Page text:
Saturday, October 3, 2015

Price of Gold and Silver are Being Suppressed & No Gold in the Treasury

Money manager Eric Sprott contends, Physical demand for gold is out of line with fundamentals.

Wednesday, September 30, 2015

Eric Sprott Discusses BitGold vs. Bitcoin

Eric Sprott spoke at the Sprott-Stansberry Natural Resource Symposium on July 31st, 2015 in Vancouver. He took the opportunity to discuss his thoughts on BitGold, its relation to bitcoin and the role BitGold will play in the development of gold.

Saturday, September 26, 2015

I just know that the economy is not functioning smoothly

I’ve actually been very surprised that there hasn’t been more disruption at the university level for example. I mean here we have all these people taking on all these loans with the promise of some job that they don’t get.

They can’t possibly pay off the loans, and yet nobody seems concerned about them. How about if you’re at university today and you know darn well that when your time comes to get the social security, there’s not going to be any social security? Literally, people of my era are benefiting at the expense of people that are going to be in your era because all these programs that we have, we can’t afford. But nobody wants to cut them down to size -- not on their watch, not while they’re running the government, even though it’s so obvious that there’s no way that when you retire the social security benefits that you’ve been promised can be paid.

For example, they just announced that the disability fund is going to be out of money next year and then the retirement fund will be out of money in 2034. Well, that’s maybe getting to when you might retire.

But there won’t be any money there. So it’s a very difficult situation and I’m surprised that there haven’t been more people complaining. Maybe someday if food prices go up shockingly high -- perhaps because of the drought in California or other things -- when you start affecting food and its availability, then people will be more disruptive.

I don’t like to even contemplate those things. I would much rather just look at the economy. Let’s not get into how people are going to react, although it could be very negative to markets.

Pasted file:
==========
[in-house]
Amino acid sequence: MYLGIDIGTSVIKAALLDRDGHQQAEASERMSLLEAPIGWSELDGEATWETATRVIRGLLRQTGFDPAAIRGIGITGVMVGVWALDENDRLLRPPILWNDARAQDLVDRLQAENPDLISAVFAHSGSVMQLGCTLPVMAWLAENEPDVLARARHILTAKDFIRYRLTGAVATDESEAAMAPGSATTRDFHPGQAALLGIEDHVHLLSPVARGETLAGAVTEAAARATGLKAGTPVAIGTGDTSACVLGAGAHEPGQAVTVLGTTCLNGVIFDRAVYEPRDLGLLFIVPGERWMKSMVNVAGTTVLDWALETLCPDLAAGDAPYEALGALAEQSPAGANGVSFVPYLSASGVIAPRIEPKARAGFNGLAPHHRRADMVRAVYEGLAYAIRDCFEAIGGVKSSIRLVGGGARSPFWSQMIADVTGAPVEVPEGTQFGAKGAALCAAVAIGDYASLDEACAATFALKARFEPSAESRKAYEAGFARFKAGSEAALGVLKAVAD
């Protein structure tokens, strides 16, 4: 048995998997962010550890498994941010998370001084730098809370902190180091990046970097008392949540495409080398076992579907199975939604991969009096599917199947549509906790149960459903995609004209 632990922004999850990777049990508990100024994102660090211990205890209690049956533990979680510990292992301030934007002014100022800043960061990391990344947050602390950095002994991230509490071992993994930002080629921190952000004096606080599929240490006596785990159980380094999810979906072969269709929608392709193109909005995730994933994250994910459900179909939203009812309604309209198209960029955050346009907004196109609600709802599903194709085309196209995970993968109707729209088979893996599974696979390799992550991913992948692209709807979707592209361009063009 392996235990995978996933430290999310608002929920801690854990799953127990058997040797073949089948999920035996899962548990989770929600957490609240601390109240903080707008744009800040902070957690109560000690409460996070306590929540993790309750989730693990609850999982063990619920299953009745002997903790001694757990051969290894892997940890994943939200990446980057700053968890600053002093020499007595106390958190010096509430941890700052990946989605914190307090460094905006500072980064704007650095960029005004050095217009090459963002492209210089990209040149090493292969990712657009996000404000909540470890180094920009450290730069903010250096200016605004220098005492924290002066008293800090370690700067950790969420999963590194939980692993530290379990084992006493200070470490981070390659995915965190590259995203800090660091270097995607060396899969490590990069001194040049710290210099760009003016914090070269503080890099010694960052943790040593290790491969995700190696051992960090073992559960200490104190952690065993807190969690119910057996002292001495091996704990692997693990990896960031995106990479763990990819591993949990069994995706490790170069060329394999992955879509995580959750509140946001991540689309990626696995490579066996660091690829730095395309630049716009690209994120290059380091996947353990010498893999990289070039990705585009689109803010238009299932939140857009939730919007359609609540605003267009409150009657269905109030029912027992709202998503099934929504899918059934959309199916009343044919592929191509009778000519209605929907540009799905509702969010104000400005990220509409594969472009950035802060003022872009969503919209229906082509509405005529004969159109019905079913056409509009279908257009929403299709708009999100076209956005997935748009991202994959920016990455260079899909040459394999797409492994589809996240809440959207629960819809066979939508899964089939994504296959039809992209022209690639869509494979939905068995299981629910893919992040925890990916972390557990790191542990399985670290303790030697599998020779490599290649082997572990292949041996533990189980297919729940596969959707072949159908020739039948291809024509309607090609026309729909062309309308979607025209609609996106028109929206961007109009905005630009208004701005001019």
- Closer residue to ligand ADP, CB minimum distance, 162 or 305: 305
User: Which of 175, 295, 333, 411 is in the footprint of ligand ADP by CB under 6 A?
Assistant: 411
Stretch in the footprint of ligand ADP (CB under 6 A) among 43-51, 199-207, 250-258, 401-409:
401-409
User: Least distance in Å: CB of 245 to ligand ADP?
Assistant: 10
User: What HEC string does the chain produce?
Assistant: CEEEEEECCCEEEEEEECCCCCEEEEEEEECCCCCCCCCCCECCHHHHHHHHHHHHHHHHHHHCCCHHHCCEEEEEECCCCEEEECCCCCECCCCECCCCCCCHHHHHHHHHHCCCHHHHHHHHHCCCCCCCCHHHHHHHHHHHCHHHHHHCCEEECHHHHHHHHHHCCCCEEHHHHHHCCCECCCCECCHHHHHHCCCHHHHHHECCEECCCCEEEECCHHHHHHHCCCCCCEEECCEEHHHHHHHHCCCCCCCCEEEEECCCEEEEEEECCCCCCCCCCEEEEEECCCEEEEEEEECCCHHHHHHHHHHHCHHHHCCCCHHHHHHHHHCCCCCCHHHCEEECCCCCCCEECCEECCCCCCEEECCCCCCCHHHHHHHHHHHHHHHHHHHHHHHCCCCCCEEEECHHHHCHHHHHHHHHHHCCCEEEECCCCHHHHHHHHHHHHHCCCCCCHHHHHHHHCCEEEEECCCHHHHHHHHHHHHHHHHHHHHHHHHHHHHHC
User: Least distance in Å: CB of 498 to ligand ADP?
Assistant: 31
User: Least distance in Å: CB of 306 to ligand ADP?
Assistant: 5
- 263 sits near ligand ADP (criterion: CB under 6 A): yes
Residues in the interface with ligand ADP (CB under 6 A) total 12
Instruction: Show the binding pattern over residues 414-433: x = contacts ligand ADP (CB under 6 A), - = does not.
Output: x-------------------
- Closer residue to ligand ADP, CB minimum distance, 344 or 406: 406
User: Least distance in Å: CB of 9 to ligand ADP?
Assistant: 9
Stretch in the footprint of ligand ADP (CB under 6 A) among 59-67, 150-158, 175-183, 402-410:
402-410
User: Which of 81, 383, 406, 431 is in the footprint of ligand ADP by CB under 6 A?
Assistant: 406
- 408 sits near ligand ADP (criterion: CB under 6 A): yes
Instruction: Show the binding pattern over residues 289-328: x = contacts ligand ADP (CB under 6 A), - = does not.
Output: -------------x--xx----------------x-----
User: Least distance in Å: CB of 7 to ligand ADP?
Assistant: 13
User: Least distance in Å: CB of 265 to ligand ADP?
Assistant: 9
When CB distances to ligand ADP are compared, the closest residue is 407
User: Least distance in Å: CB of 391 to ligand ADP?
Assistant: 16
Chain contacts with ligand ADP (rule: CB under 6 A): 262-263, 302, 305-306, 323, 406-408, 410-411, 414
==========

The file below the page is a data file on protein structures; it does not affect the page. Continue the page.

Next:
I just know that the economy is not functioning smoothly. Sooner or later-- because I have to care about these things -- stocks won’t sustain the highs that they’re at and the banking system won’t be able to pretend that it’s solvent.

And of course it’s the banking system not being solvent that always takes me to precious metals.

I think of the people in Greece, who could only get – what was it? -- sixty euros a day? Well, if they’d had their gold somewhere, they could cash something in. But they go to the bank and they got to get in the line-up and they get 60 euros in a day. I mean that doesn’t carry you too far. So I still believe that’s the ultimate manifestation that there’s no economic recovery. The banks will suffer. People will figure out that banks are risky and the money will go to where it should go -- precious metals.

Wednesday, September 23, 2015

Double Digit Inflation With No Growth

They pretend that inflation is low but I don’t think inflation is low. As you would have seen in my presentation, there’s an index called the Chapwood Index that measures 500 different items in 20 different cities in the US. The index, every year from ‘11 to today, has been in the double-digits.

So imagine double-digit inflation with 2% GDP growth. You would be really shrinking at 8%. Today we saw that wage gains in the second quarter were 0.2%. Well, 0.2% in the quarter is like 0.8% for a year. I can assure you that everyone’s increases in healthcare costs this year will suck up more than that wage gain. Somehow these costs don’t go into the CPI thing. I don’t know how they don’t, but they’re just not going to tell us what inflation really is. It’s much higher than is being reported, I think.